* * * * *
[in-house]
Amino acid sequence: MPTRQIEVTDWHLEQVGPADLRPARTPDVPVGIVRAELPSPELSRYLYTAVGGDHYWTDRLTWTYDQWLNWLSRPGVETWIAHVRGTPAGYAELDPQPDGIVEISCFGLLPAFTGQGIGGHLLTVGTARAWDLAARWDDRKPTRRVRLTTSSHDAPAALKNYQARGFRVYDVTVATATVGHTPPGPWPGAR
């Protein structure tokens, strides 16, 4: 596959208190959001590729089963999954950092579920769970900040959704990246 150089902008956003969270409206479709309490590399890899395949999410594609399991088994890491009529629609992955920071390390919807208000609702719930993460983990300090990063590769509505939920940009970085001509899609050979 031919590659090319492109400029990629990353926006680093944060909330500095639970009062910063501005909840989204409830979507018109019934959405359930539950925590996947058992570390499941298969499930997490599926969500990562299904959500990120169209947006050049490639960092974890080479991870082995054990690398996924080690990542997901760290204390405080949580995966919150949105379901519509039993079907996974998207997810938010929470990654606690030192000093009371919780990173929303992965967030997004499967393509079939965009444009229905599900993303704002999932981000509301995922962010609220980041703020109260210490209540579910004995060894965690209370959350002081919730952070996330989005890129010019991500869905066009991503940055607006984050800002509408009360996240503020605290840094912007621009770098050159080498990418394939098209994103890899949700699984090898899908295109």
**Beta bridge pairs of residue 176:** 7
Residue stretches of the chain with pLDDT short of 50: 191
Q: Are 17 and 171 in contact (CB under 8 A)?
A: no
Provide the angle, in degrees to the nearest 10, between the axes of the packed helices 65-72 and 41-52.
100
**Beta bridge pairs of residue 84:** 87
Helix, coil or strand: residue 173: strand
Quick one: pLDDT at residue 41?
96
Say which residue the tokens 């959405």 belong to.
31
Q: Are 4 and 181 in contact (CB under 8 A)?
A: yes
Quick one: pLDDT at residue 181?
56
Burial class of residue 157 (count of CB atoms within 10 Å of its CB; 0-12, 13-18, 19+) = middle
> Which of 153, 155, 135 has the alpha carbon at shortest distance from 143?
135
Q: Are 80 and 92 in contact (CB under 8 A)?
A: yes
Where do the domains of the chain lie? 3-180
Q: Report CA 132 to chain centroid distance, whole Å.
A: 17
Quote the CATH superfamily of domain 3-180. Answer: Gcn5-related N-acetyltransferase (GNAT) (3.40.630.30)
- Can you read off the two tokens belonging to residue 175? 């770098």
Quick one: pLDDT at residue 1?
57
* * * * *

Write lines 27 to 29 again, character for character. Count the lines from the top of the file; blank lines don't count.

A: 17
Quote the CATH superfamily of domain 3-180. Answer: Gcn5-related N-acetyltransferase (GNAT) (3.40.630.30)
- Can you read off the two tokens belonging to residue 175? 């770098």